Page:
When left and right agree there is no left and right.

  6. “Free Market.” Problem solved. Everyone just move along, nothing more to see here.

  7. The rub for a public option is the premium and how to finance it when Medicare is already financially precarious. Liberals say a public option, which presumably would pay providers at Medicare rates, plus the fact that it’s administrative costs are low and it doesn’t have to make a profit suggests it should be able to sell health insurance policies at lower cost than private insurers can.

    However, what happens if the public option is subject to significant adverse selection which is highly likely? Average costs per person could easily turn out to be far higher than liberals contemplate. If the premium paid by the individual insured person or family is capped at 8.5% or 9.5% of modified adjusted gross income with no income ceiling, that means the cost of subsidies will also be higher than expected.

    In the end, what we would likely wind up with is a national high risk pool at enormous cost and taxes will need to be raised to pay for it or else we will have even higher deficits and faster growing federal debt with our kids and grandkids getting stuck with the bill. Is that really what we want? Be careful what you wish for.

  8. For months during the Democratic presidential nominating contest, Hillary Clinton has resisted calls from Senator Bernie Sanders to back a single-payer health system, arguing that the fight for government-run health care was a wrenching legislative battle that had already been lost.

    But as she tries to clinch the nomination, Mrs. Clinton is moving to the left on health care and this week took a significant step in her opponent’s direction, suggesting she would like to give people the option to buy into Medicare. but that’s all to it. Its all for winning the campaign.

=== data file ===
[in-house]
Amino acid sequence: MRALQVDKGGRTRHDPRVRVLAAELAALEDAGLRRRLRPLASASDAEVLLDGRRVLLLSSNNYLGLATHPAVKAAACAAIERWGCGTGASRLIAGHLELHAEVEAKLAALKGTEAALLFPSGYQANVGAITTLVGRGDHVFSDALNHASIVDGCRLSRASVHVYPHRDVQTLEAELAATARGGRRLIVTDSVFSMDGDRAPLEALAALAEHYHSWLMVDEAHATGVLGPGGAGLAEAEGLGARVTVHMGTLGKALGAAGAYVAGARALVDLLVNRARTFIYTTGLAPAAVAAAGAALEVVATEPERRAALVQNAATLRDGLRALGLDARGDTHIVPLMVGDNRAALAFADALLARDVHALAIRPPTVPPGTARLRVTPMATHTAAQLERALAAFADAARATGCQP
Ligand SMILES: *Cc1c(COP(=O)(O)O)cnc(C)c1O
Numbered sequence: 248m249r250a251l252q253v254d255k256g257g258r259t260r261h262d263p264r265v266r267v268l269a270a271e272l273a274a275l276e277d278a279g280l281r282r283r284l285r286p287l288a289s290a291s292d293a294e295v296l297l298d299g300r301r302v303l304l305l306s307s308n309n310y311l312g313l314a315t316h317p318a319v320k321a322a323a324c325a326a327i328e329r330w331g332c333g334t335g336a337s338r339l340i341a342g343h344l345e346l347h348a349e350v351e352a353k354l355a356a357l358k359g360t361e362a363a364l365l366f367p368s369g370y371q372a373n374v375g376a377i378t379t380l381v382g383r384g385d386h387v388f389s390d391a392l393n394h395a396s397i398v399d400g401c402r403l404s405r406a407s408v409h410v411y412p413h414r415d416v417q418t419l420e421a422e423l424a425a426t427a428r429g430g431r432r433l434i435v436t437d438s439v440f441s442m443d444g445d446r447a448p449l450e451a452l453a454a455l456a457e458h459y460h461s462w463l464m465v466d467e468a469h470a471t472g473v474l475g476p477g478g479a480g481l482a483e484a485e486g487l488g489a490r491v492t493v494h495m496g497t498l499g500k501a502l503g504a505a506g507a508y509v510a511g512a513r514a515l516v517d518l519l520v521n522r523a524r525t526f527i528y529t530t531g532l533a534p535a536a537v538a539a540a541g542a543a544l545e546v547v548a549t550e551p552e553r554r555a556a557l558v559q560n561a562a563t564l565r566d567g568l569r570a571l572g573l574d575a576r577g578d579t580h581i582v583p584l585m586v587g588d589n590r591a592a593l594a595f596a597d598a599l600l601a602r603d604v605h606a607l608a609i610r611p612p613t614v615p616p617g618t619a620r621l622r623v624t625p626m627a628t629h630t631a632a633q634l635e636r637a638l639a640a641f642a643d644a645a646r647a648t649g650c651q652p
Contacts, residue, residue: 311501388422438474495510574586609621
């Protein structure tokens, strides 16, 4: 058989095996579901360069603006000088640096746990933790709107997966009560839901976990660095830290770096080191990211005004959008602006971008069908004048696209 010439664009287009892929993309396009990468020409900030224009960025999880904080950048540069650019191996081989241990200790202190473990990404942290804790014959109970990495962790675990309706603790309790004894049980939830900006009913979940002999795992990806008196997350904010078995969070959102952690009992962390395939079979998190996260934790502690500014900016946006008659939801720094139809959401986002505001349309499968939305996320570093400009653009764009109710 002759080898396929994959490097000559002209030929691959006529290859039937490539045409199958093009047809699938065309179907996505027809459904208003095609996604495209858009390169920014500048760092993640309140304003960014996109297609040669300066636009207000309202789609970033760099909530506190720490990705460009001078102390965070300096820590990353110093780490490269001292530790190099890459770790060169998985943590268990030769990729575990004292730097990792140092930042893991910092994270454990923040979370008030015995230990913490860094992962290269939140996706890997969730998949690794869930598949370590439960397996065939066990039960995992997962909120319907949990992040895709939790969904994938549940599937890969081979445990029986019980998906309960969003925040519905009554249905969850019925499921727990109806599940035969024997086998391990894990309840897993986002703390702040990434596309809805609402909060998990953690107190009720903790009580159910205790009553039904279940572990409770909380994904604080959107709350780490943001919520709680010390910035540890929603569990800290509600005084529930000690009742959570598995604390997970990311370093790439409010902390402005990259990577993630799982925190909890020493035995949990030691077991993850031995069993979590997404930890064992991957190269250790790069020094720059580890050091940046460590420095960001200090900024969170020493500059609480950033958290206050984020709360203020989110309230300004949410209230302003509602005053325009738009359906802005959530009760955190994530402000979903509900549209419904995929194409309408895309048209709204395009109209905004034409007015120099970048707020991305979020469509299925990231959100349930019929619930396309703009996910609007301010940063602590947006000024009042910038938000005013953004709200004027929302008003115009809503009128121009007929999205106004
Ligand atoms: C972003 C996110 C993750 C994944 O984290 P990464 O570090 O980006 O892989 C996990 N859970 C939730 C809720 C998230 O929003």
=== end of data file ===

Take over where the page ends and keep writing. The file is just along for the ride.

9. There’s potential for confusion here. Hillary’s purported “shift to the left” widely reported in the news this week centers on her comments at a campaign even in Virginia about allowing people over age 50 or 55 and up to buy into Medicare. Hillary has toyed with this idea before, as have many Democrats (including her husband) over the past 20 years.
    The words “public option” in recent years refer more often to a government sponsored health plan being offered in the insurance exchanges, to compete with commercial plans. That was bitterly fought over in the run-up to passage of the ACA and was ultimately dropped by the Obama Administration — in part because of opposition from the insurance industry.
    It’s an idea/concept that’s unlikely to revived anytime soon, especially in Republicans retain control of the House and/or Senate.
    The Medicare buy-in, in my view, is absolutely something that should be on the table in coming years, though it ,too, would be a heavy political lift.
    It has technical challenges, as The New York Times story noted this week. But it also has many merits, not the least of which is that it could free up the exchanges to focus on covering younger uninsured people and thus remove pressure on insurers to raise premiums. Premium increases–which might be steep again this year– have been occurring in part because the population signing up for coverage in the exchanges has been trending older and sicker (and thus more expensive) than anticipated.
    It also has the advantage of offering an additional insurance option for people in late middle age, and pre-Medicare, who find themselves out of work or self-employed and facing very high premiums (3X more than younger folks in the exchanges…so $500 or more a month and up). I know quite a few such people and they count the days until the turn 65.
    I would say the buy-in would be more palatable politically if restricted initially to age 60 and over.

  10. I wish we could try a public option at a state or county level first and not the full Monte. Think of the number of stakeholders that will be put out of work! Think of an agency controlling 17-19% of the GDP. You cannot really want this. Read about the TSI and Midway Airport today. Healthcare dilemmas are going on all over the world. No one has magic answers. We may have to live with, and accept, a mess for awhile. If we became a single payer ‘Sweden’ with their management, drug, labor and professional costs, it is one thing, but if we still had our own input factor costs, we would be putting 60% GDP into this sector with a full public option plan. Besides, our actual medical chores are being done OK here( I think.) It is all the other non-medical energy that we are pouring into healthcare that is such a disaster. This comes from the infinite line of folks trying to help us [read: make a buck too]